New Evidence of MacBook Pros To Be Released In Early March
According to AppleInsider, which in turn cited a person familiar with the matter, Apple will introduce its new MacBook Pro lineup in the next two weeks. Such a delay is caused by the design flaw in Intel's Sandy Bridge processors used in the new laptops.
This information supports previous rumor by Danish blog KennethLund.dk, which on Tuesday identified that March, 1st is the release date for new MacBooks. Though both reports point on Wednesday, history shows Apple may slightly move the date of product launch due to unexpected anomalies in the company's supply chain or manufacturing.
Besides that, AppleInsider revealed that new Intel processors will not be the only highlight in the next-gen MacBooks. Other enhancements will possibly include unibody chassis design and maybe something else, and it is obvious that Apple is going to further improve such features as standard SSD drives, slimmer enclosures, instant-on and the absence of optical drives.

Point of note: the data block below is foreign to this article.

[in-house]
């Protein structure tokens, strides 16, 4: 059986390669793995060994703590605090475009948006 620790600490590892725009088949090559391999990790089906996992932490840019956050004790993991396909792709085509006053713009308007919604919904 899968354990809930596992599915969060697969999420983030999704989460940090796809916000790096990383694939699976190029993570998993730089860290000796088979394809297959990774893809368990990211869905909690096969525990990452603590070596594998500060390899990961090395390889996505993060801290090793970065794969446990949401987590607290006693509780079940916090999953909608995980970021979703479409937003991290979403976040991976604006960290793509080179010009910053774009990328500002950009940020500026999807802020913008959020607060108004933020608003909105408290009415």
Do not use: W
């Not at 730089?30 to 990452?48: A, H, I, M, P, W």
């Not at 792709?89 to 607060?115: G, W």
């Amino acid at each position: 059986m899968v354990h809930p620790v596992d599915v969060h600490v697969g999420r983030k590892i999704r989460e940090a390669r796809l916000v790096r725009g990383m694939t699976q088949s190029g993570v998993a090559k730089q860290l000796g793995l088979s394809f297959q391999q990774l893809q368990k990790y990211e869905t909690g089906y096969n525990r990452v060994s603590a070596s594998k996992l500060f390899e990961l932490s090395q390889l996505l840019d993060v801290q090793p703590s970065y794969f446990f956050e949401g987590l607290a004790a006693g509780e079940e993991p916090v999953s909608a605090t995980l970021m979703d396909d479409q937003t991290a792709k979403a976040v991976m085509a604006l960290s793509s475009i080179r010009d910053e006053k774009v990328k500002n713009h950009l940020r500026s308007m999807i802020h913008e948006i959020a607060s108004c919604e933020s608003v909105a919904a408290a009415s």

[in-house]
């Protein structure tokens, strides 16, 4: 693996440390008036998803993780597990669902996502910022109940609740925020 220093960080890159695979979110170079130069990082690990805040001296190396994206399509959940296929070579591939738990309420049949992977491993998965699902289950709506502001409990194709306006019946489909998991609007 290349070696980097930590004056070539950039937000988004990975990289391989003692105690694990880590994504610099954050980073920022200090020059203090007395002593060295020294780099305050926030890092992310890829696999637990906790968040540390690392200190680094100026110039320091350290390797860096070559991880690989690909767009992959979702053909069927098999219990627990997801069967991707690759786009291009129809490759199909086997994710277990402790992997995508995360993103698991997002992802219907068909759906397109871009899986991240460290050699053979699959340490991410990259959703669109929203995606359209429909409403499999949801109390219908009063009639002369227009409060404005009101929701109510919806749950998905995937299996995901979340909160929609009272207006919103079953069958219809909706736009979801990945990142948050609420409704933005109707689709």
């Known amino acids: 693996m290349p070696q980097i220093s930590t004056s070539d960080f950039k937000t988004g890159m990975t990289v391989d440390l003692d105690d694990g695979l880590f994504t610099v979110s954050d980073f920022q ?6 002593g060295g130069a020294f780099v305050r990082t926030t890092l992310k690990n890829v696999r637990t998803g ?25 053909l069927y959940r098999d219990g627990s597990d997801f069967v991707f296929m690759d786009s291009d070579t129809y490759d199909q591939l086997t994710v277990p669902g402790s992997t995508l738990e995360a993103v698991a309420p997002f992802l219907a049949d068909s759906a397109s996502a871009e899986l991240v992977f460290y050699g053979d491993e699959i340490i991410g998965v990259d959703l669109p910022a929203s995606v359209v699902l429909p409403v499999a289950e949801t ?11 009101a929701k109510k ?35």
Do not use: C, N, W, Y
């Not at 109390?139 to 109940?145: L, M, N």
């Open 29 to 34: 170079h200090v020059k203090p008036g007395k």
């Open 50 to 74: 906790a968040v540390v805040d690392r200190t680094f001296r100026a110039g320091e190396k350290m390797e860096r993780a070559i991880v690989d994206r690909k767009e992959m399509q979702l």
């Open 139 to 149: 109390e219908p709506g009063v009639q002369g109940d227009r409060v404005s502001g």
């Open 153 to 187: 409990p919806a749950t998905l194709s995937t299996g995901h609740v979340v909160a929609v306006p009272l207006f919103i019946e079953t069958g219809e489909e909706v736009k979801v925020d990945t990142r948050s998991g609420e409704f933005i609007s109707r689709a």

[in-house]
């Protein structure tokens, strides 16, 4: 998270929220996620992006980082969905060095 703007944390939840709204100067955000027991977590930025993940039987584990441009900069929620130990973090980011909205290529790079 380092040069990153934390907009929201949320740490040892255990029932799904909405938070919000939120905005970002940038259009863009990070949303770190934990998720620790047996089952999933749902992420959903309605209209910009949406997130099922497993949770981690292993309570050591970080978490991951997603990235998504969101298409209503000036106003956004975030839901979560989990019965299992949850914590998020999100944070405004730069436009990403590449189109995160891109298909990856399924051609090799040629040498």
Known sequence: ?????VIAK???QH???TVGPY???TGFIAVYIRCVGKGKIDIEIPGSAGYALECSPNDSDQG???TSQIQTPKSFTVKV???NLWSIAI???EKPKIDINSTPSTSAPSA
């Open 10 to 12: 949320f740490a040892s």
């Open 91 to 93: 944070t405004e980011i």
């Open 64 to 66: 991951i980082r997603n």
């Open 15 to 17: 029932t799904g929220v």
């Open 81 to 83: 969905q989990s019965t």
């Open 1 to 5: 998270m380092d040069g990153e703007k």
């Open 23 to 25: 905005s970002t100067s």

The publication also reveals that currently MacBook Airs are so good that they're now selling in volumes approximately half that of MacBook Pros, though they appeared on the market less than six months ago.
As you may remember, Intel has recently found a design flaw in some (not all) of Sandy Bridge chipsets (aka "Cougar Point"), which caused the performance of SATA ports numbered 2 through 5 to sometimes degrade in extreme conditions. Such an issue was found both in desktop and mobile processors with Sandy Bridge Technology and eventually led to an immaterial impact on the next-gen MacBook Pros. So Apple, obviously, decided to take two weeks delay to get rid of that design flaw.
Intel has also recently reported that it resumed shipment of those chipsets with Sandy Bridge configurations that were not affected by the design error. The new version of chipset with fixed SATA ports 2 through 5 will reportedly begin shipping in mid-February.
The last hardware update of the MacBook Pro lineup was in April 2010. The devices were equipped with Intel's first-gen Core i5 and Core i7 processors.
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